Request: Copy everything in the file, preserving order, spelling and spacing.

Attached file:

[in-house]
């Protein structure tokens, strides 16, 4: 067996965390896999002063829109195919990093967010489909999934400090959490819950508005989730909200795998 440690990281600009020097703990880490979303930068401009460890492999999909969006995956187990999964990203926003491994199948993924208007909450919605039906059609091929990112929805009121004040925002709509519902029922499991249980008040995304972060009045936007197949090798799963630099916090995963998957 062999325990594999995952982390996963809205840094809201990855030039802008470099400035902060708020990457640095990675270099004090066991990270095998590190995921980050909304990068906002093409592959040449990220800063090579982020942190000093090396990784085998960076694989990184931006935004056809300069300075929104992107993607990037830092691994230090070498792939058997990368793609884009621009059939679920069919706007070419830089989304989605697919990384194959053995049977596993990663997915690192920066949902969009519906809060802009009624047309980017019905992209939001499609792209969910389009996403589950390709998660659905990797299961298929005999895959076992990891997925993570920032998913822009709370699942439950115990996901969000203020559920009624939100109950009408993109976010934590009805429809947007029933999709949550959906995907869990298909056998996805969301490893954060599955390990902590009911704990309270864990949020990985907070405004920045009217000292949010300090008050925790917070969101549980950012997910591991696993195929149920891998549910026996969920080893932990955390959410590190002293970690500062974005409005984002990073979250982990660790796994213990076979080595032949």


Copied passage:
[in-house]
């Protein structure tokens, strides 16, 4: 067996965390896999002063829109195919990093967010489909999934400090959490819950508005989730909200795998 440690990281600009020097703990880490979303930068401009460890492999999909969006995956187990999964990203926003491994199948993924208007909450919605039906059609091929990112929805009121004040925002709509519902029922499991249980008040995304972060009045936007197949090798799963630099916090995963998957 062999325990594999995952982390996963809205840094809201990855030039802008470099400035902060708020990457640095990675270099004090066991990270095998590190995921980050909304990068906002093409592959040449990220800063090579982020942190000093090396990784085998960076694989990184931006935004056809300069300075929104992107993607990037830092691994230090070498792939058997990368793609884009621009059939679920069919706007070419830089989304989605697919990384194959053995049977596993990663997915690192920066949902969009519906809060802009009624047309980017019905992209939001499609792209969910389009996403589950390709998660659905990797299961298929005999895959076992990891997925993570920032998913822009709370699942439950115990996901969000203020559920009624939100109950009408993109976010934590009805429809947007029933999709949550959906995907869990298909056998996805969301490893954060599955390990902590009911704990309270864990949020990985907070405004920045009217000292949010300090008050925790917070969101549980950012997910591991696993195929149920891998549910026996969920080893932990955390959410590190002293970690500062974005409005984002990073979250982990660790796994213990076979080595032949």